United StatesUnited States
Federal Reserve Chair Janet Yellen said Friday that the US jobs market has not yet fully recovered, but acknowledged that data is sending mixed signals, spurring debate over inflationary pressures. In a speech to leading central bankers in Jackson Hole, Wyoming, Yellen, who has kept Fed policy expansive due to perceived excess slack in the jobs market, gave no clear new signs for monetary policy.
The Argentine government again blasted Judge Thomas Griesa for declaring 'illegal' the bill sent to Congress referred to the country's debt and creditors, and said the magistrate ignores national sovereignty and ignores how democratic institutions function.
US District Judge Thomas Griesa declared on Thursday that an Argentine plan to change the 'jurisdiction' of restructured foreign debt was illegal, while resisting holdout investors' demands that Argentina be held in contempt of court for attempting to change the site of payment to Buenos Aires.
Argentina's new plan to skirt U.S. courts and resume payment on defaulted bonds aims to protect creditors who participated in two debt restructurings, Economy minister Axel Kicillof said on Wednesday. But he also emphasized that the bill sent to Congress did not mean a 'change of jurisdiction' from New York but rather a change of payment 'location'.
Anticipating what seems an imminent order of contempt-of-court by US Judge Thomas Griesa following Argentine President Cristina Fernández decision to push a bill to change the payment jurisdiction to Buenos Aires, Cabinet Chief Jorge Capitanich pointed out that as a “sovereign country” Argentina cannot end up in contempt despite Griesa’s warnings.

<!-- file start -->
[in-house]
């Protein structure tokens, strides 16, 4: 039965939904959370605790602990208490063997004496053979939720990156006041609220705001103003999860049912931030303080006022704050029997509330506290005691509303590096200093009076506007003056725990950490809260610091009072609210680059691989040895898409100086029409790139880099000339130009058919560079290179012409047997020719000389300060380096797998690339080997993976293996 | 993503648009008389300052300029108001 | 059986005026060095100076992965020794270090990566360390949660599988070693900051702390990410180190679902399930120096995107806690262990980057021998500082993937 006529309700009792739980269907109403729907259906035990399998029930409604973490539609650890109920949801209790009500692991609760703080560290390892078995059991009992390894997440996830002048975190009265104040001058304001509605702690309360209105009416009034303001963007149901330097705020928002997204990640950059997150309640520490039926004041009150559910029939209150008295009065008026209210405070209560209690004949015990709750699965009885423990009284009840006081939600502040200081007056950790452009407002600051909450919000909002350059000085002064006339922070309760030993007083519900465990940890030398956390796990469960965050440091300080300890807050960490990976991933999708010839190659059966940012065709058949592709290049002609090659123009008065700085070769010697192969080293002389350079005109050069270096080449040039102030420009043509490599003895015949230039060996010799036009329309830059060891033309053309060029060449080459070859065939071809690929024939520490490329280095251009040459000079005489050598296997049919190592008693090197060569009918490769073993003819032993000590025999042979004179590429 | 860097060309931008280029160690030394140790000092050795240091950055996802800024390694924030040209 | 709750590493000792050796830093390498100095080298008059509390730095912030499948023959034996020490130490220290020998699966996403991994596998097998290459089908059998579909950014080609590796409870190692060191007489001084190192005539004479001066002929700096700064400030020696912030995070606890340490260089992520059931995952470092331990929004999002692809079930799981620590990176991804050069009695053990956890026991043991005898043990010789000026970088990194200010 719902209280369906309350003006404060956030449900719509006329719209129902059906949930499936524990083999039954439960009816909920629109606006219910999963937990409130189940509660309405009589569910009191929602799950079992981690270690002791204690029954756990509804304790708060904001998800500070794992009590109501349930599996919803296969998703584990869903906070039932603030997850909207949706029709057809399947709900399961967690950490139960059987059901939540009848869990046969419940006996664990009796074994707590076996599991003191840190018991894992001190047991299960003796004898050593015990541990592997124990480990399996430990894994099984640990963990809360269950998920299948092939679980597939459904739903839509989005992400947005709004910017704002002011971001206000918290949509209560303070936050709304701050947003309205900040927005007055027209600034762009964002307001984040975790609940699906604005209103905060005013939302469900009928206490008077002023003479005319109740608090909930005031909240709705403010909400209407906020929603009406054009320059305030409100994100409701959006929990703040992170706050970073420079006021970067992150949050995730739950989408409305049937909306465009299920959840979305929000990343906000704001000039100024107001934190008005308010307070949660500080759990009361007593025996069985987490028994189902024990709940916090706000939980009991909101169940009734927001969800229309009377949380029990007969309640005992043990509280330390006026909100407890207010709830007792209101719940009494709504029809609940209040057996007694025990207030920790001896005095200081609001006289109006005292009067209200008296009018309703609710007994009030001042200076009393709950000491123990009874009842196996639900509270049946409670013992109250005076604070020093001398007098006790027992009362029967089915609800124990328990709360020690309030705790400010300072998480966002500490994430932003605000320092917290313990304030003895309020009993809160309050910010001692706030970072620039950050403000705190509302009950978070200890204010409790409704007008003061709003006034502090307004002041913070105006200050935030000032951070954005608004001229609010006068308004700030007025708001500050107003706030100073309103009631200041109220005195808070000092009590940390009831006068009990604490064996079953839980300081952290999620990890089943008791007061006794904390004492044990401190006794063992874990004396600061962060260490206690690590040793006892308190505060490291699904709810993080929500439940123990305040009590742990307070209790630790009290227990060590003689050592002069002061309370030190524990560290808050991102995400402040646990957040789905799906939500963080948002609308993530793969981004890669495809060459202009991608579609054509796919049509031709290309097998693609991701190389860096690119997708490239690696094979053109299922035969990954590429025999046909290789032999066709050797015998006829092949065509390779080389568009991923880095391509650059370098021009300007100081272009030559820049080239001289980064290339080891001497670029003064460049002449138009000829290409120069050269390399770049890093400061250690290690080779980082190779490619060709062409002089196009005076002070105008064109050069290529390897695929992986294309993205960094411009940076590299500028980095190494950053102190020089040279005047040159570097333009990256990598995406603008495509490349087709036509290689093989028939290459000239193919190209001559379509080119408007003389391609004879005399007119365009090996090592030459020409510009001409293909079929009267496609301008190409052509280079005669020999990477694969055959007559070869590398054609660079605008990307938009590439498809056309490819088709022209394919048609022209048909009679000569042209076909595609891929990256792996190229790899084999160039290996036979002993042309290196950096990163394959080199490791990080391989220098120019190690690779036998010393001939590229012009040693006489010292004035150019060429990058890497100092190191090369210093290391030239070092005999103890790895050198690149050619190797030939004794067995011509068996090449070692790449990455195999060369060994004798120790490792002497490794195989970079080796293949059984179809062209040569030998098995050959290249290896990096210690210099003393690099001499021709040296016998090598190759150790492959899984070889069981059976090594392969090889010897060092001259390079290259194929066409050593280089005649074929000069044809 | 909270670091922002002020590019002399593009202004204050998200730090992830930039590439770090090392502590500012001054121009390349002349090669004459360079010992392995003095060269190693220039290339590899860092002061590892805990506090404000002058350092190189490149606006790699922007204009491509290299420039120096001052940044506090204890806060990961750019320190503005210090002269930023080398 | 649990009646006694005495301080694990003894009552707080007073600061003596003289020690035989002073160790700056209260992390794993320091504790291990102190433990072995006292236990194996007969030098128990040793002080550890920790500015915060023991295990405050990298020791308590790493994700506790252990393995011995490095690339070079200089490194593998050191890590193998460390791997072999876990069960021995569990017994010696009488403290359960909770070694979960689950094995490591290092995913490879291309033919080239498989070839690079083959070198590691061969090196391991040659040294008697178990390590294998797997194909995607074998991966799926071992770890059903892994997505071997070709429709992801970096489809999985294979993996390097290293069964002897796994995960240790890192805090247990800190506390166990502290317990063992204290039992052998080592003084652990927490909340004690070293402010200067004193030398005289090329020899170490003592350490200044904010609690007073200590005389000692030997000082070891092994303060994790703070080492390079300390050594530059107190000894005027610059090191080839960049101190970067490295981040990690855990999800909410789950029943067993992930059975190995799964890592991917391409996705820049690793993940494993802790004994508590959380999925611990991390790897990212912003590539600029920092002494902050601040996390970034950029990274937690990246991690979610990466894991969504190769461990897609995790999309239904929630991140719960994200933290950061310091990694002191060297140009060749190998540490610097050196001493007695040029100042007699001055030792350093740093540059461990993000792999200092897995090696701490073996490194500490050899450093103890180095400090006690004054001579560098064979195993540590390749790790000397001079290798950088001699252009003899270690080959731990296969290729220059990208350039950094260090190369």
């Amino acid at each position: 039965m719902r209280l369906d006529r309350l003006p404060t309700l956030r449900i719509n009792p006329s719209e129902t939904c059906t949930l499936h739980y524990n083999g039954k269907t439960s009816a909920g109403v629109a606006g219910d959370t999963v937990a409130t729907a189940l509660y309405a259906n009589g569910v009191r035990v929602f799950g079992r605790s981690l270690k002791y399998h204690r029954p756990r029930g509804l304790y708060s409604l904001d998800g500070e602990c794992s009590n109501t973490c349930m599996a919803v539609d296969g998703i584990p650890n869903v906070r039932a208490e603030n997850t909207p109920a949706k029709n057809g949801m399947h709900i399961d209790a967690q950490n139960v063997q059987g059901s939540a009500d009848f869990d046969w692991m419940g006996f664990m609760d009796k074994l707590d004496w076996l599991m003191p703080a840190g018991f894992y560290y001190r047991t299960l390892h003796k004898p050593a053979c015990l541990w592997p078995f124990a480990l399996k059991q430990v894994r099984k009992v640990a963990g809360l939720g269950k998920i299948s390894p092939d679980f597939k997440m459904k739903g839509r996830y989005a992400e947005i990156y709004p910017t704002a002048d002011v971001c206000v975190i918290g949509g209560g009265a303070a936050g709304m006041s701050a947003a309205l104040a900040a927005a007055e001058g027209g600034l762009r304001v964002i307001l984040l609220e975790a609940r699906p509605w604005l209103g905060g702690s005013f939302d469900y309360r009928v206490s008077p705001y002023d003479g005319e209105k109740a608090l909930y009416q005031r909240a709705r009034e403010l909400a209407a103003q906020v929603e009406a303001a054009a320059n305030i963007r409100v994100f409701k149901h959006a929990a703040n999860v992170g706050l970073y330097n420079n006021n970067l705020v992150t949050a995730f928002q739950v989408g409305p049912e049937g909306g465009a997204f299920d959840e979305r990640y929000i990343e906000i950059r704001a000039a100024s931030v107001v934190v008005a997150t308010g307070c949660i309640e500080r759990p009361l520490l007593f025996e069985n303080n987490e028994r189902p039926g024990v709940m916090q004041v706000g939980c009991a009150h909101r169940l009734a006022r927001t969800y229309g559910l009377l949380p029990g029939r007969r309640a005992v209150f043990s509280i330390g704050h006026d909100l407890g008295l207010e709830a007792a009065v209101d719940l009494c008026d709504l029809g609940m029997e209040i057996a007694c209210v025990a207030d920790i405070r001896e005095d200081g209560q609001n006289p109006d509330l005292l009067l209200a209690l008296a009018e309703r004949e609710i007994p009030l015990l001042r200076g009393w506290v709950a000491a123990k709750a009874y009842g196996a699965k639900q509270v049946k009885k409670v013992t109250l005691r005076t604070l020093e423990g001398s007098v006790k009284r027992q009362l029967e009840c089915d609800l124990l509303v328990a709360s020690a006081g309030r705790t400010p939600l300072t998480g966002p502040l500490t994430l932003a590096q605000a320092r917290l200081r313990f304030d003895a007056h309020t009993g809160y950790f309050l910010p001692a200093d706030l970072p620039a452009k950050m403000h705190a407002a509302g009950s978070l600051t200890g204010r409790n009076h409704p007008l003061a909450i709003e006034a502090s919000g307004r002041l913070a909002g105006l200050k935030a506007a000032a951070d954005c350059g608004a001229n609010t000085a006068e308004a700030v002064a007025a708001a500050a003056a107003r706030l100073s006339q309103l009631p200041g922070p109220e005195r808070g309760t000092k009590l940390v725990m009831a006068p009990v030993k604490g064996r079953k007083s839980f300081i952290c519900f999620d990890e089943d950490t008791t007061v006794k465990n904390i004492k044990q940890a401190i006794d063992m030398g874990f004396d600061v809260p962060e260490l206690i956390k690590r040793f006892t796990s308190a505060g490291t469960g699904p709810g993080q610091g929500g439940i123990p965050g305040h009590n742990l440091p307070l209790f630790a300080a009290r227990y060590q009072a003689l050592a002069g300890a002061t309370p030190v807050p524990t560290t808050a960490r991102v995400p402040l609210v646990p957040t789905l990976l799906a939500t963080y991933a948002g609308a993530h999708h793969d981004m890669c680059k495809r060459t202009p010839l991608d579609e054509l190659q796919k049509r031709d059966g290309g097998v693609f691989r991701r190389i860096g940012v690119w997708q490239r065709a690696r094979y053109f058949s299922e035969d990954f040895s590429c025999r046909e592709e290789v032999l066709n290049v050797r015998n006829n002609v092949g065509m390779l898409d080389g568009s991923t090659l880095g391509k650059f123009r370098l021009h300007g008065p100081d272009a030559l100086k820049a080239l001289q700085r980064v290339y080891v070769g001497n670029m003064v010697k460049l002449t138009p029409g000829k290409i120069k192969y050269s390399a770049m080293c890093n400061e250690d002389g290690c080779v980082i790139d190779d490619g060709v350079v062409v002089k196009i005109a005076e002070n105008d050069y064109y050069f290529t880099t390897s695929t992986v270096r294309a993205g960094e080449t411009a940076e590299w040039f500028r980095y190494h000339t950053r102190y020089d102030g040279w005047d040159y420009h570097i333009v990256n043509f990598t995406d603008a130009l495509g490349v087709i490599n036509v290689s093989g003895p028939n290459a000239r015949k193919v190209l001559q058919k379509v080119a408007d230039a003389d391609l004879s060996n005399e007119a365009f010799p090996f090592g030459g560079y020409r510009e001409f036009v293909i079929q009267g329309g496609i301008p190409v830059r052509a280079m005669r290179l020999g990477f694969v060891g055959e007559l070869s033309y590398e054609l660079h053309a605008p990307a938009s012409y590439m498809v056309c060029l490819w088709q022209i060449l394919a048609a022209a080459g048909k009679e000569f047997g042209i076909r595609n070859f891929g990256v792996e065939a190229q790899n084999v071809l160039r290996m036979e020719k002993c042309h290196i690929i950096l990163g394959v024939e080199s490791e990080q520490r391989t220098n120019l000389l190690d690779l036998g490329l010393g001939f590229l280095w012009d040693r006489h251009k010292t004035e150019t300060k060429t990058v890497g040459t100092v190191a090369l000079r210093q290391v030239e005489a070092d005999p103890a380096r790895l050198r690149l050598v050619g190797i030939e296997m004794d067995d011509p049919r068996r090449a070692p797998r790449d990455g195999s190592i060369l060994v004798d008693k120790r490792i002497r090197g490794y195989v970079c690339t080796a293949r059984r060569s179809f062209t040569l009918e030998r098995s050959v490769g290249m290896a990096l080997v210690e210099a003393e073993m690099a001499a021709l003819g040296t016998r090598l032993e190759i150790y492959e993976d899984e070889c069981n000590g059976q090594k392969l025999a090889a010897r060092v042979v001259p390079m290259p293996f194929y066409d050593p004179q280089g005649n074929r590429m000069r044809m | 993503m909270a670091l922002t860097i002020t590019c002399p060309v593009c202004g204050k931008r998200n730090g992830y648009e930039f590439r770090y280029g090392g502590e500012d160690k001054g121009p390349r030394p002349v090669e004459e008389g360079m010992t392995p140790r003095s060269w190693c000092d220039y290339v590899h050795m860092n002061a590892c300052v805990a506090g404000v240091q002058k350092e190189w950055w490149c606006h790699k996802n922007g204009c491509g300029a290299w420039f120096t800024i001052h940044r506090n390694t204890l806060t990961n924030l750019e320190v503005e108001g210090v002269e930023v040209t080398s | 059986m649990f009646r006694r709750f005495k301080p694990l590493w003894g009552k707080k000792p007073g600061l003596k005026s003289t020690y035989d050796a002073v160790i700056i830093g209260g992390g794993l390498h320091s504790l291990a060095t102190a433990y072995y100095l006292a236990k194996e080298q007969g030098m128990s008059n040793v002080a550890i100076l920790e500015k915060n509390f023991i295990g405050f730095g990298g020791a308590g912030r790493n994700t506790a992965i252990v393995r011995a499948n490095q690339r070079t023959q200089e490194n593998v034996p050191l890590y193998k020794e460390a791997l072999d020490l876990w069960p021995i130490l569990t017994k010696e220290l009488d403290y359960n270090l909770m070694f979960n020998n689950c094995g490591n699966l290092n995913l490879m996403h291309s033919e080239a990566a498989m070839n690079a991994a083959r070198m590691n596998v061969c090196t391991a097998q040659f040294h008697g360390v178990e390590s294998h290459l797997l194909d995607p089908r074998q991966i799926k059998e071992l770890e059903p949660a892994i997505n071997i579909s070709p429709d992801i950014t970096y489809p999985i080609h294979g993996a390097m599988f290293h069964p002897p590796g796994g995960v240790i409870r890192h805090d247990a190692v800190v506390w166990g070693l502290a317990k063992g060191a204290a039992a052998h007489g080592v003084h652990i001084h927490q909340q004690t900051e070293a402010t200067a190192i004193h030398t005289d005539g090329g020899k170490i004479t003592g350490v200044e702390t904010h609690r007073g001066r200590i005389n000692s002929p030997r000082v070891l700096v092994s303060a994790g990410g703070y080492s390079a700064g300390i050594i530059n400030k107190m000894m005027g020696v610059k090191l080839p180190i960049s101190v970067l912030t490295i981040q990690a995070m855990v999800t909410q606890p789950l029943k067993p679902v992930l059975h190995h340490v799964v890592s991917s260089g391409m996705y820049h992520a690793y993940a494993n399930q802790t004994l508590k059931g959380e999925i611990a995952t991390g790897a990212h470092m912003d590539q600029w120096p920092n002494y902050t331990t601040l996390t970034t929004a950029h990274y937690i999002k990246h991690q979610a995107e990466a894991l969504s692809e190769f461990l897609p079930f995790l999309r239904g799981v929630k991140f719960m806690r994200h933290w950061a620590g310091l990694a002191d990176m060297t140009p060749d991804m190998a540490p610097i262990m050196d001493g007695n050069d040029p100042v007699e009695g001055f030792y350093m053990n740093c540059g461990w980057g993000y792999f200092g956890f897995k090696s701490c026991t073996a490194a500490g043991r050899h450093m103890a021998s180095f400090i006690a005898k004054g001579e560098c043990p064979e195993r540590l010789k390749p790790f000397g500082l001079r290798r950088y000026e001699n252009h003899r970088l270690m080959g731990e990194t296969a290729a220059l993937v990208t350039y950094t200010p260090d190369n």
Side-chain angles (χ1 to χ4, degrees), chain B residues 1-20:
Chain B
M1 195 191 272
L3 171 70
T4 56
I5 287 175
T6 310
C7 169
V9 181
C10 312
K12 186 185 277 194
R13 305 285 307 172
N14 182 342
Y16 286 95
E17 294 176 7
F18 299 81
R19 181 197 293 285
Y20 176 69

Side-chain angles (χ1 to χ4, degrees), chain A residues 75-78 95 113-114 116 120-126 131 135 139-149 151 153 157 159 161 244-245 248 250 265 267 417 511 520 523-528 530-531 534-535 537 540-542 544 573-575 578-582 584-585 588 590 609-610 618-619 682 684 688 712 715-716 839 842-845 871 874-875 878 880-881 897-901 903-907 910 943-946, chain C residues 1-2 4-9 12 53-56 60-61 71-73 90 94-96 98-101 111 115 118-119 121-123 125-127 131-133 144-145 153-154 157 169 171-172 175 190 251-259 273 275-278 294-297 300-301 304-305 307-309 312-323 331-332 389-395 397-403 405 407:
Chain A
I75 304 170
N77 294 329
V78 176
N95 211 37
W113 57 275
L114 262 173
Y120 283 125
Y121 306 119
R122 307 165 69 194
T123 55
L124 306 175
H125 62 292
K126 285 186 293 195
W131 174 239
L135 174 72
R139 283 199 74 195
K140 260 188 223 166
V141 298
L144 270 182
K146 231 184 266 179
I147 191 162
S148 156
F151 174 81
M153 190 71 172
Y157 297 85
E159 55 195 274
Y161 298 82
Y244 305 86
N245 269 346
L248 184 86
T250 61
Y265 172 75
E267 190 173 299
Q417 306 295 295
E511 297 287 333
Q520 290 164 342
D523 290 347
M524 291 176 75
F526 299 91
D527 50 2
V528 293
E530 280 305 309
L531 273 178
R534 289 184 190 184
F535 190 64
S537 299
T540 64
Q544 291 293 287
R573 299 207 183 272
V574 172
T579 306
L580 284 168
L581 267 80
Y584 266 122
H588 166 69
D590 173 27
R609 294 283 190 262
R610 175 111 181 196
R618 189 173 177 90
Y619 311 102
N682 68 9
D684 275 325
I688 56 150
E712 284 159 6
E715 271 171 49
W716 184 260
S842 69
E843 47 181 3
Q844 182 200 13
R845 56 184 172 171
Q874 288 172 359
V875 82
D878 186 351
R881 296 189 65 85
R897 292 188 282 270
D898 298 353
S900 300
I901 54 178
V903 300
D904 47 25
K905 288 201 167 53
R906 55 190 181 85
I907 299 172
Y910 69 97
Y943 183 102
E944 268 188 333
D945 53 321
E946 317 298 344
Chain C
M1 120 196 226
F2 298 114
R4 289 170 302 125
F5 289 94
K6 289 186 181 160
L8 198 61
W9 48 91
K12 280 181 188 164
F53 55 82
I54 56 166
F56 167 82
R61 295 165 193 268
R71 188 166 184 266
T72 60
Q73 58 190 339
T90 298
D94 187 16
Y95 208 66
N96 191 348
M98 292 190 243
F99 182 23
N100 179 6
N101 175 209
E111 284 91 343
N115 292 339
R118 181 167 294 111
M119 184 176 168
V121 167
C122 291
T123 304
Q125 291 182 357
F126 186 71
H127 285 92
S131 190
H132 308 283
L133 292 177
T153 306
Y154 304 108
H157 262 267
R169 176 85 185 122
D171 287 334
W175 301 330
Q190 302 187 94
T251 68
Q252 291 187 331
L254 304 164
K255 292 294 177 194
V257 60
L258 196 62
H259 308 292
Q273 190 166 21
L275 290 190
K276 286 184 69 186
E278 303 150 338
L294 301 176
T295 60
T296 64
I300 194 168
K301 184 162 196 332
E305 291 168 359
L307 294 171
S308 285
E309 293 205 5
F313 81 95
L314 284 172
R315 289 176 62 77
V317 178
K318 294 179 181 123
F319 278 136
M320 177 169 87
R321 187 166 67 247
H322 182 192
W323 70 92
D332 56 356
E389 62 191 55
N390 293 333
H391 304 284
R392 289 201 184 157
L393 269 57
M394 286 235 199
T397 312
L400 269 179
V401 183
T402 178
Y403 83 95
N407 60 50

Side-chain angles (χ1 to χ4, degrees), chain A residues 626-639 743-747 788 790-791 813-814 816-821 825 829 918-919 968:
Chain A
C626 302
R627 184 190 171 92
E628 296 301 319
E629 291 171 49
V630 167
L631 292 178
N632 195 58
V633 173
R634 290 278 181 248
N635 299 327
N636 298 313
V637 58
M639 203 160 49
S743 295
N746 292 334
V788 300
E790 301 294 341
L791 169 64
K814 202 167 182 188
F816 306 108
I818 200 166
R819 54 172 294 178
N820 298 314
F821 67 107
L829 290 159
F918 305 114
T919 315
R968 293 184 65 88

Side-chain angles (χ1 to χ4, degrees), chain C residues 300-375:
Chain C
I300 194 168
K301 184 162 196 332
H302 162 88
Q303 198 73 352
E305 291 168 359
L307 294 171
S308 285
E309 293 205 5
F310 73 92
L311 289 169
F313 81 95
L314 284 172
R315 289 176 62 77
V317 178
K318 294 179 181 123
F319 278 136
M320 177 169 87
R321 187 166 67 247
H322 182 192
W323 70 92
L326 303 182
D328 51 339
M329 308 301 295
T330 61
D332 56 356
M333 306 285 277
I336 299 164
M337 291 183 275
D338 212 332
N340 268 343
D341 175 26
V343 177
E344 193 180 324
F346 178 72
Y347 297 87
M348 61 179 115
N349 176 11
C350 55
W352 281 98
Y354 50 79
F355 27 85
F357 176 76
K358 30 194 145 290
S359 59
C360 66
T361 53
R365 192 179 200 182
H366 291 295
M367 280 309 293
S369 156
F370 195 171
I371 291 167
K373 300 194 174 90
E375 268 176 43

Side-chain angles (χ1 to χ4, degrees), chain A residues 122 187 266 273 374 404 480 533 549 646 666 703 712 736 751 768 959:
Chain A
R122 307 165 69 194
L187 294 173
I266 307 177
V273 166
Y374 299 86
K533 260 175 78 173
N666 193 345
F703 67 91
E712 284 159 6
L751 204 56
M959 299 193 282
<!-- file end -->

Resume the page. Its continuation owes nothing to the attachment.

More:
The US Federal Reserve hinted that a surprisingly strong jobs market recovery could lead it to raise interest rates earlier than it had been anticipating. At the same time, most Fed officials wanted further evidence before changing their view on when rates should rise, according to the minutes from the central bank's July 29-30 meeting.
One of two hedge funds that sued Argentina over defaulted bonds branded the country's leaders “outlaws” on Wednesday after Buenos Aires moved to shift its bond payment method.
Argentine gambling industry tycoon Cristobal Lopez and who has been targeted by Paul Singer from Elliott Management in his hunt for assets connected to Argentine leaders, has closed for 'a year' a casino he owns in Florida and which he only opened last February.
President Cristina Fernandez said on Tuesday her government will move to service its defaulted debt in Argentina or allow bondholders to swap their bonds for new bonds governed by national law in order to get around a U.S. court order.
The US government reiterated on Tuesday that the International Court of Justice in The Hague “is not the appropriate venue” for addressing Argentina's debt issues and again called on the government of President Cristina Fernandez to engage with its creditors.